Logically, CMYK color consisting of more than 2 channels will appear dull. 100% yellow 100% magenta example will appear as a solid red color, but using 100% yellow magenta 100% and cyan 10% will give the impression dull.

So to avoid the color look less good or dull, the way is after convert to CMYK, add saturasi kira2 10-20 with function Image> Adjust> Hue / Saturation (Ctrl / Cmd + U)

There’s nothing wrong with converting RGB to CMYK in Photoshop. The problem is our lack of knowledge of color.


  1. Keep the original color data and do not convert colors if not needed, either Lab -> RBG -> CMYK or vice versa.
  2. Color conversion is only used at the last moment, if we are going to make a separation movie or CTP.
  3. Use CMYK data model as input to make Digital Proofing, so please do not make Digital Proofing if we do not know what to do with the picture. Target Profile must be clear, and RGB to CMYK conversion process must be “identical” for digital proofing or CTP separation film, then just do proofing software such as with GMG, EFI, ORIS etc. To convert CMYKtarget to CMYKproof.

“Mapping” Color Management

In Color Management when converting RGB to a standard Photoshop CMYK, it takes into account the gamut of the output device while performing “mapping” colors from RGB to CMYK. The advantage is all RGB colors will be tried “mapping” to CMYK and there is no color that tends to flat because outside the gamut. The drawback is if the original image is not corrected with optimal results will instead tend to dull. Therefore when using color management there are different “rendering intent”, if you convert cartoon images, photos or illustrations. For the record, usually cartoon color is pastel color, preferably in GCR using Black minimum, except the black skets.

Bit Depth

The bit depth metaphor is a LEGO toy. The difference between Lego adults and small children is the lego of small adults. To represent 3 dimensional color space formation from imagine colors we want to create a ball with lego for adults and small children. A ball made with adult lego will result in smoother ball transitions.

Working with a high bit depth will give you a better possible end result. But in most pictures this will not have much effect. High bit depth is necessary for extreme correction conditions or not ideal image conditions.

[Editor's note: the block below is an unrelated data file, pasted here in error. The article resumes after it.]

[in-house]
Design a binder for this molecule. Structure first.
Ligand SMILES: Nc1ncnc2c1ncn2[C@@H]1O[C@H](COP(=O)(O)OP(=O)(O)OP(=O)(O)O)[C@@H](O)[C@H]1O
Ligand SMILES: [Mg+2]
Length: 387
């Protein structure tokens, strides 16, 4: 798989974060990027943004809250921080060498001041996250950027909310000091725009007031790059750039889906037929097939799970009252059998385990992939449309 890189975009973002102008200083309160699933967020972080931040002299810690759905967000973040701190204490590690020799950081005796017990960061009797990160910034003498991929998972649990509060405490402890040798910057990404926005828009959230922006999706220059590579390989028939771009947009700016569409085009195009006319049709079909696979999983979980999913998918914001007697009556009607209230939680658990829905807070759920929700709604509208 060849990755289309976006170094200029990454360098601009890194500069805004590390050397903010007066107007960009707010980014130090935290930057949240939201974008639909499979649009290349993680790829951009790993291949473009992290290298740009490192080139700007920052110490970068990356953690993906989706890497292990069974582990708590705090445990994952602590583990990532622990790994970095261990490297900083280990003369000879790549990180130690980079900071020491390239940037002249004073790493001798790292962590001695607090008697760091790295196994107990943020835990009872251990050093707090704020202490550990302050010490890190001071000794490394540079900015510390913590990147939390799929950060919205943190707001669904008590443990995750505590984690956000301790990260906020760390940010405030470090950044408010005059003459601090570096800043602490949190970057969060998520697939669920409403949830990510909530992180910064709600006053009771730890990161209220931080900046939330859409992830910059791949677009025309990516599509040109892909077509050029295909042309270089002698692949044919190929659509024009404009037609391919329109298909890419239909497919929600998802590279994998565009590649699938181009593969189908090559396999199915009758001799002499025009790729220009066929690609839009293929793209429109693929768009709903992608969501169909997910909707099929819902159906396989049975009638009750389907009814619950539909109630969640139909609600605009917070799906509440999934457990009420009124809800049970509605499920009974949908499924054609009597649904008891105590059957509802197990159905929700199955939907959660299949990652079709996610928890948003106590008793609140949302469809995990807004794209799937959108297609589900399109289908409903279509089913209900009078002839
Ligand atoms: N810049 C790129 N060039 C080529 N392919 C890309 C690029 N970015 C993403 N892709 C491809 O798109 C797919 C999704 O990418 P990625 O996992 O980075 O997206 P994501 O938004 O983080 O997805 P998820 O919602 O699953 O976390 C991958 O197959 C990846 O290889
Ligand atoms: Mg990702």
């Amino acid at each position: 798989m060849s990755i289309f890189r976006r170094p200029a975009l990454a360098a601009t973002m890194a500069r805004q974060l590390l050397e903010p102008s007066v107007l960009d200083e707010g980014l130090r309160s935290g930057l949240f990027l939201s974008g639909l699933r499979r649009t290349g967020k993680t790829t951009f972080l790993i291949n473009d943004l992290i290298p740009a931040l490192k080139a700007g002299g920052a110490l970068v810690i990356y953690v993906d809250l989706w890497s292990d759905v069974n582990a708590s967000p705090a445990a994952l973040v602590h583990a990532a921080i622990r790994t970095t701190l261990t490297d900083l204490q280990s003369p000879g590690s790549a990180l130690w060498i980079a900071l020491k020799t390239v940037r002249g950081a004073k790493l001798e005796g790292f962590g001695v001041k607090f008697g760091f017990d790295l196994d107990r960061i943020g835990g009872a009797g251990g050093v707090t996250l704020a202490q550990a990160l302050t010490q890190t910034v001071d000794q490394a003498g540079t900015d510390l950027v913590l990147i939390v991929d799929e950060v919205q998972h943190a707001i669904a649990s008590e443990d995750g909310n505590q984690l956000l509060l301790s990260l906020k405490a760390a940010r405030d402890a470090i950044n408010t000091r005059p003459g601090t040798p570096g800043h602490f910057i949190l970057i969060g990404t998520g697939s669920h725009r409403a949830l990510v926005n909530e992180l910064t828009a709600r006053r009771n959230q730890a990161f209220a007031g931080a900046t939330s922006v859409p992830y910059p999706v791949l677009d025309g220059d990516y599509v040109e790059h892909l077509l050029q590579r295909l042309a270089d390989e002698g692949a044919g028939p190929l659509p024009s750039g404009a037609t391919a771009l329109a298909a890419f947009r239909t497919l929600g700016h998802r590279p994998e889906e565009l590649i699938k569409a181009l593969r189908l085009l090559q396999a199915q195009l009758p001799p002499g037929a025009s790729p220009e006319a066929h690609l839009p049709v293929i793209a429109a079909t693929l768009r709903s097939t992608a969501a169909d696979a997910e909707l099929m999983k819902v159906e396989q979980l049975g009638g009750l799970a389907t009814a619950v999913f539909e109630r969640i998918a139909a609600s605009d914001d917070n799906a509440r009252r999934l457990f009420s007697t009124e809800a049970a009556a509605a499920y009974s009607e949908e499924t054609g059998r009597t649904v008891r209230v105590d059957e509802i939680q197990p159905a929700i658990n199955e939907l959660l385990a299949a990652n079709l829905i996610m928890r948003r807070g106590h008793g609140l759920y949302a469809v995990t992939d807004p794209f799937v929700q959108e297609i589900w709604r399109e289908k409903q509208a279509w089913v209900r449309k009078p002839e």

Raw comparison is negative film so that color spacenya bigger than TIFF or JPG. TIFF and JPG comparisons are positive slides, meaning “what you see is what you get.” As with RAW, we keep the data completely so that when opened can be selected just as we print negative films can be selected lighter / darker, colored.

MAC atau PC?

All color representations mathematically on PC and Mac are SAME. The main problem is the visual representation, not the original file. So working with Mac and PC CAN PRODUCE THE SAME OUTPUT.

The advantage of using a Mac is a Mac monitor by default is designed to have gamma (read: contrast and dark light) like paper where the white color is not too white and the dark color is not too dense. Moderate PC monitors by default are simulated for electronic conditions such as televisions that contrast much higher. Because the same color will appear on the PC monitor more contrast and darker than it appears on a Mac monitor.

The solution is to perform simple calibration using Adobe Gamma in Control Panel where PC monitor is calibrated using gamma 1.8 instead of 2.2 which is the default of PC monitor.

Forcing a monitor display with printouts is a huge investment, many may not agree with me on this. Excessive confidence in the display of the monitor (Soft proofing) can cause problems because the human resources lack the knowledge & rely on suppliers to calibrate the monitor and keep in mind the rarely color monitor can measure the color temperature automatically, so the use of Gamma does not guarantee the calibration of the monitor works perfectly